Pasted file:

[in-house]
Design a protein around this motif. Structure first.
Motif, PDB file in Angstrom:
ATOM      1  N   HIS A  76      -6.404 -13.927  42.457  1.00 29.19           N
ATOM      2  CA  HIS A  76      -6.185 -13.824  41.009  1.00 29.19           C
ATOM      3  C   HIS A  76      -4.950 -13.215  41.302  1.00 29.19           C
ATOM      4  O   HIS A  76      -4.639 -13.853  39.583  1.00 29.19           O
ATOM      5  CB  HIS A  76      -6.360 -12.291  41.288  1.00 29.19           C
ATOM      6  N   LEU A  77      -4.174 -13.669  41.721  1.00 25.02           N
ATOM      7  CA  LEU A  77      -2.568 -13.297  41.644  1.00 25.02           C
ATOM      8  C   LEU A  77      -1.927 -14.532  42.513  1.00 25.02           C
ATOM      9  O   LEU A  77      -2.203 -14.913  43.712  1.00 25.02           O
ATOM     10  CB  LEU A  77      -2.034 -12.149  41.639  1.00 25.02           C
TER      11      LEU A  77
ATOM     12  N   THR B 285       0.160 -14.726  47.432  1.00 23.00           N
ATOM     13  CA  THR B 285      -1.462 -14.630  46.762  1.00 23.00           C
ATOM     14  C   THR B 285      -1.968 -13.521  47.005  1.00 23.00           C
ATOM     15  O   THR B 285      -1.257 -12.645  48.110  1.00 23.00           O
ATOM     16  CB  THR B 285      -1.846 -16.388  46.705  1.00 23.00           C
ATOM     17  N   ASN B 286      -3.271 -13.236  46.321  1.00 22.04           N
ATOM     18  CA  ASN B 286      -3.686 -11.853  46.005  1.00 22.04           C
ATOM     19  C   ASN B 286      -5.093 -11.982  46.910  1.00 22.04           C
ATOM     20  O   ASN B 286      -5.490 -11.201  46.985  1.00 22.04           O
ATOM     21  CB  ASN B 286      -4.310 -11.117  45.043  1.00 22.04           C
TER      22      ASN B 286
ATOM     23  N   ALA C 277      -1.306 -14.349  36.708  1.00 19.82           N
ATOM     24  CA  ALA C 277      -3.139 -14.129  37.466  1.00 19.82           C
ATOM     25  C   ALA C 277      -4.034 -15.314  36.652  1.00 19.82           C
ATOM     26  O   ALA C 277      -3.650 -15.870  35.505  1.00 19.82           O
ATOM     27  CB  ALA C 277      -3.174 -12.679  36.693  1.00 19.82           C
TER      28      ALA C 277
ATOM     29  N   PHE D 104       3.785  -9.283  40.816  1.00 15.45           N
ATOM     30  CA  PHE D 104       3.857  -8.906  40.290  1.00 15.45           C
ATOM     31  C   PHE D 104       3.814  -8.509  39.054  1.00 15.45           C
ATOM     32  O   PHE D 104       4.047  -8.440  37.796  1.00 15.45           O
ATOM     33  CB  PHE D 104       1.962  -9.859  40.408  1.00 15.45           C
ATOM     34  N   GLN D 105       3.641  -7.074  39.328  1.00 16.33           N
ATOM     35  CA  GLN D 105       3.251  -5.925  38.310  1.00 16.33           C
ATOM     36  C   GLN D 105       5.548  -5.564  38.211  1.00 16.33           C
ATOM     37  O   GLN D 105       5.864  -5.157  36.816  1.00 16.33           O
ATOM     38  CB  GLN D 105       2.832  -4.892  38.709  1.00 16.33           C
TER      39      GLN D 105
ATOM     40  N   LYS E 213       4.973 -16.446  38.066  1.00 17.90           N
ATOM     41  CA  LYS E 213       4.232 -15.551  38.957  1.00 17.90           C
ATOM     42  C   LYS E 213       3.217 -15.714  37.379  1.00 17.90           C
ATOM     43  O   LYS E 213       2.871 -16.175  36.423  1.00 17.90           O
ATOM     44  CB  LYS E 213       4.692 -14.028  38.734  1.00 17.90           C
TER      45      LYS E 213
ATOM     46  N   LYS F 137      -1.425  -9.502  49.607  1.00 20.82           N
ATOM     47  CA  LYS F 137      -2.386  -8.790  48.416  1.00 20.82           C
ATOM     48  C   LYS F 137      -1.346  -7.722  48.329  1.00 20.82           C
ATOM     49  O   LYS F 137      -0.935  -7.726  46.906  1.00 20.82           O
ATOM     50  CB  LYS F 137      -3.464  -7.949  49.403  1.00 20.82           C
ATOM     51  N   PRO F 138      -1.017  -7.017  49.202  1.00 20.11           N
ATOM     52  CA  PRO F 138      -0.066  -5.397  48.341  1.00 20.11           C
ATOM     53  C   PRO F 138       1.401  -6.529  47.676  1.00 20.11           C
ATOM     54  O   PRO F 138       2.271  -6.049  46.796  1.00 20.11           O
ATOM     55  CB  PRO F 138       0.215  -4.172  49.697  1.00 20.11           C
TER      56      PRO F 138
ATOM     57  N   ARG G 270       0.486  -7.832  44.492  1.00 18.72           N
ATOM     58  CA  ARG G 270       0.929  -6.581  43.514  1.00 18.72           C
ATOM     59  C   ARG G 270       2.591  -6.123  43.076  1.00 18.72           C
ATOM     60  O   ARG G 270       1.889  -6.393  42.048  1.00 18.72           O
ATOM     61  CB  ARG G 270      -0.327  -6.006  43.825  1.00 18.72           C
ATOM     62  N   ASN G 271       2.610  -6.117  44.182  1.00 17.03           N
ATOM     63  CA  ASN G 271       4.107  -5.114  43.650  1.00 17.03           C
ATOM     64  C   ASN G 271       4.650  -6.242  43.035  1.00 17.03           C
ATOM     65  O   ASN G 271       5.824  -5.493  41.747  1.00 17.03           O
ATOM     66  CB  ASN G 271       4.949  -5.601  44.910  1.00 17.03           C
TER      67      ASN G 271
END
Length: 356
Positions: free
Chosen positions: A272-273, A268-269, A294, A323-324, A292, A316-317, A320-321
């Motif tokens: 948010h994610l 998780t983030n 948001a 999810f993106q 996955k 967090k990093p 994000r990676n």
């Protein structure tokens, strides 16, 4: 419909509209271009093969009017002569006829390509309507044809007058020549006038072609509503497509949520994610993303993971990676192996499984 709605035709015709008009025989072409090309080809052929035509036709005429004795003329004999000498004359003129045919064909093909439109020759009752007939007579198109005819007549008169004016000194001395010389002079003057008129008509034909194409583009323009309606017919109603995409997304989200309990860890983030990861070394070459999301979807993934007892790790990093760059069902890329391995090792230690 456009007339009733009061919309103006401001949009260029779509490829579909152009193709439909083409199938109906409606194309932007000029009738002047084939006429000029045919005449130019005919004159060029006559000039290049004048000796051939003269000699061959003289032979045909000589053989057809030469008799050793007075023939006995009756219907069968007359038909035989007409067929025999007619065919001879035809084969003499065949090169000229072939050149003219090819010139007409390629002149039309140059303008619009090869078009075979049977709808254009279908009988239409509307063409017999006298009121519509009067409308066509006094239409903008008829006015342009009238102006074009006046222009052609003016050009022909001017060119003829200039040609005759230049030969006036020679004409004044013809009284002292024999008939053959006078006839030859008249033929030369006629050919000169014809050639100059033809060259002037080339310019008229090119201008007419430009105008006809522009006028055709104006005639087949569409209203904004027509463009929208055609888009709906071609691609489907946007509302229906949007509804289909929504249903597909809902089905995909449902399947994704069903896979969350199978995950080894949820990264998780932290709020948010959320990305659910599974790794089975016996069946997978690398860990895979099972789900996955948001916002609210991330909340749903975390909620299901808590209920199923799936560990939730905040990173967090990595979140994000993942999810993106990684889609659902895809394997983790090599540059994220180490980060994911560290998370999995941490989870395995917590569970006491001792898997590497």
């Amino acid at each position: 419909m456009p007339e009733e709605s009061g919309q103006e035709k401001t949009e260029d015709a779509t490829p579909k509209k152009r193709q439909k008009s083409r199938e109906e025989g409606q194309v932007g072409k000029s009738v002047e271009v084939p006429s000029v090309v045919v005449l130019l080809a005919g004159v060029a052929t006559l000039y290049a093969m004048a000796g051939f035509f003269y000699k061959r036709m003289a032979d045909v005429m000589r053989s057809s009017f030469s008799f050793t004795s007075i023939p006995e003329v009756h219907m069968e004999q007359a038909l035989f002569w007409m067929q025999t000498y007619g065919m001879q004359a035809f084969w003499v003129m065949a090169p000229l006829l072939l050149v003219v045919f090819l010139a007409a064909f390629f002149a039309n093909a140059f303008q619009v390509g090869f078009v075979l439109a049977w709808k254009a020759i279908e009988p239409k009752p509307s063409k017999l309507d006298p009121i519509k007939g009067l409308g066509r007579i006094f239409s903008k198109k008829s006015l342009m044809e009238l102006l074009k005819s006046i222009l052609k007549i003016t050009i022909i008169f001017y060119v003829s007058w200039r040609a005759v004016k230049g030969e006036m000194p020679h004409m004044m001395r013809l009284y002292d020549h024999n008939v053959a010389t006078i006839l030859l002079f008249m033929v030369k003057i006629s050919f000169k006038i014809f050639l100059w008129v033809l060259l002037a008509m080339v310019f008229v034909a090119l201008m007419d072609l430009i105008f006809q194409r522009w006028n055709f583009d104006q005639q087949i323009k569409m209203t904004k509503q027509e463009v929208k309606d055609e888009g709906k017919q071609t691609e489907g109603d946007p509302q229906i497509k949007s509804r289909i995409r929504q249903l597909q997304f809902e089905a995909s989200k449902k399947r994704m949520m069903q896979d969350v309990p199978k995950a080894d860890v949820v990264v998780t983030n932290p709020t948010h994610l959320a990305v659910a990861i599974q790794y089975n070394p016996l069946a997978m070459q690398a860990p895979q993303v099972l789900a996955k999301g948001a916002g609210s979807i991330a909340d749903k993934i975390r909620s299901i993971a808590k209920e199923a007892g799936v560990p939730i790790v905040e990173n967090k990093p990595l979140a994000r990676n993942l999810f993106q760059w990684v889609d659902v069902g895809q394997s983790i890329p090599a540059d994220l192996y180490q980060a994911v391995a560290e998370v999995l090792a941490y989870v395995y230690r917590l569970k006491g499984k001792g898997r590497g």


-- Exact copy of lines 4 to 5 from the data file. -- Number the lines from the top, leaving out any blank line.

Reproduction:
ATOM      1  N   HIS A  76      -6.404 -13.927  42.457  1.00 29.19           N
ATOM      2  CA  HIS A  76      -6.185 -13.824  41.009  1.00 29.19           C